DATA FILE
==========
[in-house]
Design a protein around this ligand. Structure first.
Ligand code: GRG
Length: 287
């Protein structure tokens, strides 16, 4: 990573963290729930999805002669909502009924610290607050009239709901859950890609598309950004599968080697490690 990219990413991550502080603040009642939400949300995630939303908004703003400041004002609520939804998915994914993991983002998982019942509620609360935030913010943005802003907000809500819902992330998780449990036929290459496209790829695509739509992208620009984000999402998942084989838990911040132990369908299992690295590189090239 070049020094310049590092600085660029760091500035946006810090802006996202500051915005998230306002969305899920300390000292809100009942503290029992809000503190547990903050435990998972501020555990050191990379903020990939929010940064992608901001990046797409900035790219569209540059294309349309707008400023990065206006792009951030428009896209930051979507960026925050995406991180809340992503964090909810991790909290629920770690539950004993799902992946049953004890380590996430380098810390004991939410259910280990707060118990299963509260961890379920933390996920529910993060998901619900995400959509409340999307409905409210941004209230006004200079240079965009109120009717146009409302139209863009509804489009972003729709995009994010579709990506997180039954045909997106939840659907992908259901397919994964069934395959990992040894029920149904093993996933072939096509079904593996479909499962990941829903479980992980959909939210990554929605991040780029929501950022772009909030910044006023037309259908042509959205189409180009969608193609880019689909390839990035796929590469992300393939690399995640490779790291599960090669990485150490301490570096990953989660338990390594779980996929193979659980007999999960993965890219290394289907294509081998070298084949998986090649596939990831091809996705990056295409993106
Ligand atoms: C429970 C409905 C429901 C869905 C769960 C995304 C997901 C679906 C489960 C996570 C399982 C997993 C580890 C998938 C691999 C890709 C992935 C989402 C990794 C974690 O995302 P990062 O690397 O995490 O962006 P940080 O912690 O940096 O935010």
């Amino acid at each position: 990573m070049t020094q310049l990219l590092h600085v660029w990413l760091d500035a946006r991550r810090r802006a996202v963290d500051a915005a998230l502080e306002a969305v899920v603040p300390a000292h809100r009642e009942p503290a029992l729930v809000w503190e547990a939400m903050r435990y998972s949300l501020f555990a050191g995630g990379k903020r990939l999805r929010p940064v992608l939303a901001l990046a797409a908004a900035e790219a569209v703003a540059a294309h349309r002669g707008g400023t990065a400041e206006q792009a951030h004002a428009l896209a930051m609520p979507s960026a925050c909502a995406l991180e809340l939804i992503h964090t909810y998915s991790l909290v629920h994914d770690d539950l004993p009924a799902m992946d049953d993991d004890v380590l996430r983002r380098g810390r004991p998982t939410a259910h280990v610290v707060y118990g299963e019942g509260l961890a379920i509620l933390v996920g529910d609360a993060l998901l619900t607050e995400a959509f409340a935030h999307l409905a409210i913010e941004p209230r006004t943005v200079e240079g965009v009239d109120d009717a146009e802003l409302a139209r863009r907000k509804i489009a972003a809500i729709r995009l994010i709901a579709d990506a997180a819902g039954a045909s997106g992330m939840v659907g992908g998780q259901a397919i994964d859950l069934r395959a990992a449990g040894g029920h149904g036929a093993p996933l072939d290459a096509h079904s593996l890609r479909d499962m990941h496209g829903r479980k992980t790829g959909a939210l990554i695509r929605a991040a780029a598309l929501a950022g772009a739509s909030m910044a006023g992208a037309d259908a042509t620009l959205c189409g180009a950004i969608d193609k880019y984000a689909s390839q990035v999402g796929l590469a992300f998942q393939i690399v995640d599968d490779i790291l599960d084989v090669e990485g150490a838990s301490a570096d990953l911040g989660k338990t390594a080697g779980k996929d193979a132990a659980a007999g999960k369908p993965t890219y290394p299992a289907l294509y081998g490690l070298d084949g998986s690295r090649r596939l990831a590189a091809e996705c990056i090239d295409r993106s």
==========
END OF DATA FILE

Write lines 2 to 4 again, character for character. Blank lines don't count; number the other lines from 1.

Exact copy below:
Design a protein around this ligand. Structure first.
Ligand code: GRG
Length: 287